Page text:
Aaron Rodgers
Aaron Rodgers #12 of the Green Bay Packers throws the football in the first quarter against the Chicago Bears at Soldier Field in Chicago, Dec. 16, 2018. Stacy Revere/Getty Images

Aaron Rodgers made it clear he would have a problem if the Green Bay Packers general manager Brian Gutekunst or interim coach Joe Philbin decided to play backup quarterback DeShone Kizer in the final two games of the NFL regular season.

The Packers’ chances of making the playoffs officially ended after their 24-17 loss the Chicago Bears, who claimed the National Football Conference (NFC) North division title with the win. There are still two more games to go for the conclusion of the regular season and Rodgers had no interest in sitting back.

The Packers quarterback was keen to see out the remainder of season for the Packers despite their elimination, stating, as quoted on ESPN: "I'd like to be out there and lead us the last two weeks," before answering in the affirmative when asked if he would have a problem if asked to sit out in order to give Kizer a run, saying: “Yeah probably.”

The Packers’ playoff hopes were not the only thing to come to an end Sunday against the Bears as Rodgers NFL-record streak of 402 passes without an interception also ended in the fourth quarter of the game.

The interception came as he attempted his 35th pass of the night when a throw to the end zone was tipped into the hands of Bears safety Eddie Jackson. It was only recently that Rodgers broke Tom Brady’s record of 358 passes without an interception.

Rodgers, however, was not too concerned about his streak coming to an end and was hoping to start a new one. The Packers quarterback was more concerned about his team’s lack of ability to complete big plays and believed that was the reason for the poor numbers during the course of what has been a disappointing campaign.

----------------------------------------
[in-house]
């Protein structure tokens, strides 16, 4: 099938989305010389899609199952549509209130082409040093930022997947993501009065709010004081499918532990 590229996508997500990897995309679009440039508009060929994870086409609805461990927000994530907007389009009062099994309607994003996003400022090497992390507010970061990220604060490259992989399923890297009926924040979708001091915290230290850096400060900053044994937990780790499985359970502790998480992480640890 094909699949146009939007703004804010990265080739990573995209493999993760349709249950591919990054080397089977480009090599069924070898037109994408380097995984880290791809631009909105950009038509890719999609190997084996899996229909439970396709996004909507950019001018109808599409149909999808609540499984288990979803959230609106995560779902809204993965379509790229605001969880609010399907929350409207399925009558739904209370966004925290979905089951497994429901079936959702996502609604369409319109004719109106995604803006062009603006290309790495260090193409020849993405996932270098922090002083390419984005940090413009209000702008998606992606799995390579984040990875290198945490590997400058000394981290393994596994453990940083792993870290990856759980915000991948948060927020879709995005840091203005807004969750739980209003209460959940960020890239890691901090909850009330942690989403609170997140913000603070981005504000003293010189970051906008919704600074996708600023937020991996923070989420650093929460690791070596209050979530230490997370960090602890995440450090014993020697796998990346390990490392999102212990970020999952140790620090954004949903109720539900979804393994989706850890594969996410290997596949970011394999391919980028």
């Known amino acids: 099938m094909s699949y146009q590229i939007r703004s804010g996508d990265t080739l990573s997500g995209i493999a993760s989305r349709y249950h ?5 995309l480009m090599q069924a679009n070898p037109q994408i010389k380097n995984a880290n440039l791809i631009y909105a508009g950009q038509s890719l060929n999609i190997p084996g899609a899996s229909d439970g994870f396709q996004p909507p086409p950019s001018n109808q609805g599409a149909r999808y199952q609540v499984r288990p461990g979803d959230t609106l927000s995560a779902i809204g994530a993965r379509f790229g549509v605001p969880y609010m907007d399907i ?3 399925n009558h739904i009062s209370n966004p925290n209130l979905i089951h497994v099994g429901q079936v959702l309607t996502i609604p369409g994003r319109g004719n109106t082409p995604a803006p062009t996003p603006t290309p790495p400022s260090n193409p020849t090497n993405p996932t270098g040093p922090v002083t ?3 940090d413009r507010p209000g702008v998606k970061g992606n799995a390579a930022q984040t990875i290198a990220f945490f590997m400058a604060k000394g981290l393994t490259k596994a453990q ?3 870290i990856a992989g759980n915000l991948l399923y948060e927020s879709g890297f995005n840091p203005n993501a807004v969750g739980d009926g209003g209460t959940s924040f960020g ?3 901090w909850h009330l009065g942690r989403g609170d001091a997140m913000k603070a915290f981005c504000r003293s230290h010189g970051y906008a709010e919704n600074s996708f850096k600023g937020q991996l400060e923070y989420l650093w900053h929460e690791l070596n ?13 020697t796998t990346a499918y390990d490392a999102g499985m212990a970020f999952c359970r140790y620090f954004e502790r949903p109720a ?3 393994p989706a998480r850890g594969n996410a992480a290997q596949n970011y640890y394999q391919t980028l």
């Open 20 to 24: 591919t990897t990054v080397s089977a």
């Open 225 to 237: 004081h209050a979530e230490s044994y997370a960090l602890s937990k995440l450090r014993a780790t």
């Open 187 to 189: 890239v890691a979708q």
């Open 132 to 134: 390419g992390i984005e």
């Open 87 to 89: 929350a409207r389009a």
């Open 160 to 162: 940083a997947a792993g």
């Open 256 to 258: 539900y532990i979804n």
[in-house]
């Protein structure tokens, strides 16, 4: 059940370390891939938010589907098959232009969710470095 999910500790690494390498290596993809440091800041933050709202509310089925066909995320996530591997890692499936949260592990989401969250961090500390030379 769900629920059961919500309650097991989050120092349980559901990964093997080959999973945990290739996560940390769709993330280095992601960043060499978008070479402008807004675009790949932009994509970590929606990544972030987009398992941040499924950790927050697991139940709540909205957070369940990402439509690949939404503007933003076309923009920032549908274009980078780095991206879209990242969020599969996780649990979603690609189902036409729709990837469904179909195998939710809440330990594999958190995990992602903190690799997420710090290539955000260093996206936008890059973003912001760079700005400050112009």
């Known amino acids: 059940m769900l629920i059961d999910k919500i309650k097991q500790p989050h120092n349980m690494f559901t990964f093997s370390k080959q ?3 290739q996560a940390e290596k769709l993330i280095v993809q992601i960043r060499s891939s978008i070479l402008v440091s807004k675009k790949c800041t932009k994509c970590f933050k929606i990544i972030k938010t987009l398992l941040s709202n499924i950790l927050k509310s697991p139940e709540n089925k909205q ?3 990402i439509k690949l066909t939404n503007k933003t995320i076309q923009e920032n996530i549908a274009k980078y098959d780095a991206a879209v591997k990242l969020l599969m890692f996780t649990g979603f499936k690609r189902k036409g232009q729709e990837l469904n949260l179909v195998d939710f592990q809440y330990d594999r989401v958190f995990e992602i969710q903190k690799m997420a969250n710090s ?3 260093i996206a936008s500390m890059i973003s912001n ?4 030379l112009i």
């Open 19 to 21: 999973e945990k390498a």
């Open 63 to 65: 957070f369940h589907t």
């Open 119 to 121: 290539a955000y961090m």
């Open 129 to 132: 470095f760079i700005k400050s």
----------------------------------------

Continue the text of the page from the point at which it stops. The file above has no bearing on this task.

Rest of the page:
"That's part of the game," Rodgers added. "I've had two interceptions in however many attempts. I feel pretty good about the way I've taken care of the football this season.”

“We just haven't made enough big plays over the year. That's why the completion percentage is what it is and yards per attempt is what it is and touchdowns are where they're at, so that stuff's disappointing. I've had interception streaks in the past. I had a long one at home -- 500-plus. Hopefully, I'll start a new one."

Meanwhile, the Packers are continuing their search for a new head coach after parting ways with Mike McCarthy following their loss to the Arizona Cardinals in Week 14. They are not allowed to talk to currently employed coaches in the NFL at the moment but reports suggest talks were taking place via the back channels.

While current interim coach Philbin is a candidate for the full-time head coach job, there were a number of other candidates being put forward including New England Patriots offensive coordinator Josh McDaniels. One thing is clear when it comes to the new coach – he would have to be offensively minded in order to bring the best out of Rodgers.